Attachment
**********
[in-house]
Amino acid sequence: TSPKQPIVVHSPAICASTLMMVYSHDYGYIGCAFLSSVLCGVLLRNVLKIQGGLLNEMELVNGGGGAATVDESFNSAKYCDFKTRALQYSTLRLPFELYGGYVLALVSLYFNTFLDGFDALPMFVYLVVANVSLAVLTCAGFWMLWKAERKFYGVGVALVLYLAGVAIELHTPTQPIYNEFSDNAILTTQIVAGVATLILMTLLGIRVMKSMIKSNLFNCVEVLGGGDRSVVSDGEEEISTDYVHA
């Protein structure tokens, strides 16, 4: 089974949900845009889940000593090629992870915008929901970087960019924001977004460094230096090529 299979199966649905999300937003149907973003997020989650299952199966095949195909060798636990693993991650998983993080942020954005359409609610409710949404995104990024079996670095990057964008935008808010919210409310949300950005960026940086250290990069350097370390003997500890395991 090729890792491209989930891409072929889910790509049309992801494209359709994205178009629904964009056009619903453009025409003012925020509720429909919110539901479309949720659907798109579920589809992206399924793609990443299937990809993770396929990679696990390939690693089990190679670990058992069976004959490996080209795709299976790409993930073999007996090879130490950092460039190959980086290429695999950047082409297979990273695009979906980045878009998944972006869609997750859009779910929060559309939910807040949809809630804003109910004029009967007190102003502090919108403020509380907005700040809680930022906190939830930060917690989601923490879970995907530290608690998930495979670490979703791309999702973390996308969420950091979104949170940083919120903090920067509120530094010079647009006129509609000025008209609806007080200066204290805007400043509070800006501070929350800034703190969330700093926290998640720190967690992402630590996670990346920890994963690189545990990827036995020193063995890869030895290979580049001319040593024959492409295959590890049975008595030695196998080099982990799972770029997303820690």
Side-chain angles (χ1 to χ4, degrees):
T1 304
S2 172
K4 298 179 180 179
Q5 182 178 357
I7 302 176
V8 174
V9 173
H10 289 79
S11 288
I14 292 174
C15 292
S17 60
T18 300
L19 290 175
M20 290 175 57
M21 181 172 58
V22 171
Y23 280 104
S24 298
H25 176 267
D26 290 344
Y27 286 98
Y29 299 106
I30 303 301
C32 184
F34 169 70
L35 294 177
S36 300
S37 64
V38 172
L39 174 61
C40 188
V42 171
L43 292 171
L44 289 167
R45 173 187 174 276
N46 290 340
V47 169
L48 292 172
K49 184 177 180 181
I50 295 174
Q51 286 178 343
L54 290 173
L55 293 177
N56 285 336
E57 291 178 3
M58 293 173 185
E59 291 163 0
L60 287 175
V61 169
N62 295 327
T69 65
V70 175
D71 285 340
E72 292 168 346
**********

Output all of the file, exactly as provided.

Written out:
[in-house]
Amino acid sequence: TSPKQPIVVHSPAICASTLMMVYSHDYGYIGCAFLSSVLCGVLLRNVLKIQGGLLNEMELVNGGGGAATVDESFNSAKYCDFKTRALQYSTLRLPFELYGGYVLALVSLYFNTFLDGFDALPMFVYLVVANVSLAVLTCAGFWMLWKAERKFYGVGVALVLYLAGVAIELHTPTQPIYNEFSDNAILTTQIVAGVATLILMTLLGIRVMKSMIKSNLFNCVEVLGGGDRSVVSDGEEEISTDYVHA
């Protein structure tokens, strides 16, 4: 089974949900845009889940000593090629992870915008929901970087960019924001977004460094230096090529 299979199966649905999300937003149907973003997020989650299952199966095949195909060798636990693993991650998983993080942020954005359409609610409710949404995104990024079996670095990057964008935008808010919210409310949300950005960026940086250290990069350097370390003997500890395991 090729890792491209989930891409072929889910790509049309992801494209359709994205178009629904964009056009619903453009025409003012925020509720429909919110539901479309949720659907798109579920589809992206399924793609990443299937990809993770396929990679696990390939690693089990190679670990058992069976004959490996080209795709299976790409993930073999007996090879130490950092460039190959980086290429695999950047082409297979990273695009979906980045878009998944972006869609997750859009779910929060559309939910807040949809809630804003109910004029009967007190102003502090919108403020509380907005700040809680930022906190939830930060917690989601923490879970995907530290608690998930495979670490979703791309999702973390996308969420950091979104949170940083919120903090920067509120530094010079647009006129509609000025008209609806007080200066204290805007400043509070800006501070929350800034703190969330700093926290998640720190967690992402630590996670990346920890994963690189545990990827036995020193063995890869030895290979580049001319040593024959492409295959590890049975008595030695196998080099982990799972770029997303820690």
Side-chain angles (χ1 to χ4, degrees):
T1 304
S2 172
K4 298 179 180 179
Q5 182 178 357
I7 302 176
V8 174
V9 173
H10 289 79
S11 288
I14 292 174
C15 292
S17 60
T18 300
L19 290 175
M20 290 175 57
M21 181 172 58
V22 171
Y23 280 104
S24 298
H25 176 267
D26 290 344
Y27 286 98
Y29 299 106
I30 303 301
C32 184
F34 169 70
L35 294 177
S36 300
S37 64
V38 172
L39 174 61
C40 188
V42 171
L43 292 171
L44 289 167
R45 173 187 174 276
N46 290 340
V47 169
L48 292 172
K49 184 177 180 181
I50 295 174
Q51 286 178 343
L54 290 173
L55 293 177
N56 285 336
E57 291 178 3
M58 293 173 185
E59 291 163 0
L60 287 175
V61 169
N62 295 327
T69 65
V70 175
D71 285 340
E72 292 168 346